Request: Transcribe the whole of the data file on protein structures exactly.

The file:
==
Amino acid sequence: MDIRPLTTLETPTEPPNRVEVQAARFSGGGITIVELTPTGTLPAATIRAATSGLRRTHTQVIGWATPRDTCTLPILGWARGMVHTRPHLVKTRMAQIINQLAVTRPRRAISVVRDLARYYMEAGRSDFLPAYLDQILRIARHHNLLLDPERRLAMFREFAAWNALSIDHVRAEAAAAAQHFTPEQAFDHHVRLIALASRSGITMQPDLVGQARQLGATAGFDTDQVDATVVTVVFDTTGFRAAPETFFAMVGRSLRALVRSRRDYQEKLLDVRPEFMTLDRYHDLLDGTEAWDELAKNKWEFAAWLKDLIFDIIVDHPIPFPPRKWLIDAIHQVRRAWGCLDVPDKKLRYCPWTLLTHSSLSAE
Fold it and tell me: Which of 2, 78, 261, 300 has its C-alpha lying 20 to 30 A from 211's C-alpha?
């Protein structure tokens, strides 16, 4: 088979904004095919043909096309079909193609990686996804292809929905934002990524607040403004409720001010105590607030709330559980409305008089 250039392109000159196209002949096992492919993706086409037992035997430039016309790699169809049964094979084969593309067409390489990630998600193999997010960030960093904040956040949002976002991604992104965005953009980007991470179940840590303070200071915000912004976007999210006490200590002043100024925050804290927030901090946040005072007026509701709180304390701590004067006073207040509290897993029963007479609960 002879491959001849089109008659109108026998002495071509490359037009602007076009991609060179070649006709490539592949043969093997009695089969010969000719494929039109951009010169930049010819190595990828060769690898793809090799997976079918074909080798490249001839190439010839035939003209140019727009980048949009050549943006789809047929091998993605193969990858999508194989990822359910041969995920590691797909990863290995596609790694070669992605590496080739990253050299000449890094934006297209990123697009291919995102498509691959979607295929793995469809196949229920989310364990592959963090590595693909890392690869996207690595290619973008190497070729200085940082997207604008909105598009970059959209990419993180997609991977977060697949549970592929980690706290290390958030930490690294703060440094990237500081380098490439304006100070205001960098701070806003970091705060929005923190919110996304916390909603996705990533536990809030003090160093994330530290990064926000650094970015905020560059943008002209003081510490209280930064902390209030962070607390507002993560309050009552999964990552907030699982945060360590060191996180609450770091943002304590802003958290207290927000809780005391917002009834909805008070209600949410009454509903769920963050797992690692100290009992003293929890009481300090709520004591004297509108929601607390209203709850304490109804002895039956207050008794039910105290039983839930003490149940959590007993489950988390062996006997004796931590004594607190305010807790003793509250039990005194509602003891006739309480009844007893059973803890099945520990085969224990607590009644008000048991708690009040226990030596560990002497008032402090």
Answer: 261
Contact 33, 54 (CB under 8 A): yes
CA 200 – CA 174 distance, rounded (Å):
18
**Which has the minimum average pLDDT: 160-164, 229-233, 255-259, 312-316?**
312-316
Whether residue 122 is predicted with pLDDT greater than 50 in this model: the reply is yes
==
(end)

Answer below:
Amino acid sequence: MDIRPLTTLETPTEPPNRVEVQAARFSGGGITIVELTPTGTLPAATIRAATSGLRRTHTQVIGWATPRDTCTLPILGWARGMVHTRPHLVKTRMAQIINQLAVTRPRRAISVVRDLARYYMEAGRSDFLPAYLDQILRIARHHNLLLDPERRLAMFREFAAWNALSIDHVRAEAAAAAQHFTPEQAFDHHVRLIALASRSGITMQPDLVGQARQLGATAGFDTDQVDATVVTVVFDTTGFRAAPETFFAMVGRSLRALVRSRRDYQEKLLDVRPEFMTLDRYHDLLDGTEAWDELAKNKWEFAAWLKDLIFDIIVDHPIPFPPRKWLIDAIHQVRRAWGCLDVPDKKLRYCPWTLLTHSSLSAE
Fold it and tell me: Which of 2, 78, 261, 300 has its C-alpha lying 20 to 30 A from 211's C-alpha?
């Protein structure tokens, strides 16, 4: 088979904004095919043909096309079909193609990686996804292809929905934002990524607040403004409720001010105590607030709330559980409305008089 250039392109000159196209002949096992492919993706086409037992035997430039016309790699169809049964094979084969593309067409390489990630998600193999997010960030960093904040956040949002976002991604992104965005953009980007991470179940840590303070200071915000912004976007999210006490200590002043100024925050804290927030901090946040005072007026509701709180304390701590004067006073207040509290897993029963007479609960 002879491959001849089109008659109108026998002495071509490359037009602007076009991609060179070649006709490539592949043969093997009695089969010969000719494929039109951009010169930049010819190595990828060769690898793809090799997976079918074909080798490249001839190439010839035939003209140019727009980048949009050549943006789809047929091998993605193969990858999508194989990822359910041969995920590691797909990863290995596609790694070669992605590496080739990253050299000449890094934006297209990123697009291919995102498509691959979607295929793995469809196949229920989310364990592959963090590595693909890392690869996207690595290619973008190497070729200085940082997207604008909105598009970059959209990419993180997609991977977060697949549970592929980690706290290390958030930490690294703060440094990237500081380098490439304006100070205001960098701070806003970091705060929005923190919110996304916390909603996705990533536990809030003090160093994330530290990064926000650094970015905020560059943008002209003081510490209280930064902390209030962070607390507002993560309050009552999964990552907030699982945060360590060191996180609450770091943002304590802003958290207290927000809780005391917002009834909805008070209600949410009454509903769920963050797992690692100290009992003293929890009481300090709520004591004297509108929601607390209203709850304490109804002895039956207050008794039910105290039983839930003490149940959590007993489950988390062996006997004796931590004594607190305010807790003793509250039990005194509602003891006739309480009844007893059973803890099945520990085969224990607590009644008000048991708690009040226990030596560990002497008032402090």
Answer: 261
Contact 33, 54 (CB under 8 A): yes
CA 200 – CA 174 distance, rounded (Å):
18
**Which has the minimum average pLDDT: 160-164, 229-233, 255-259, 312-316?**
312-316
Whether residue 122 is predicted with pLDDT greater than 50 in this model: the reply is yes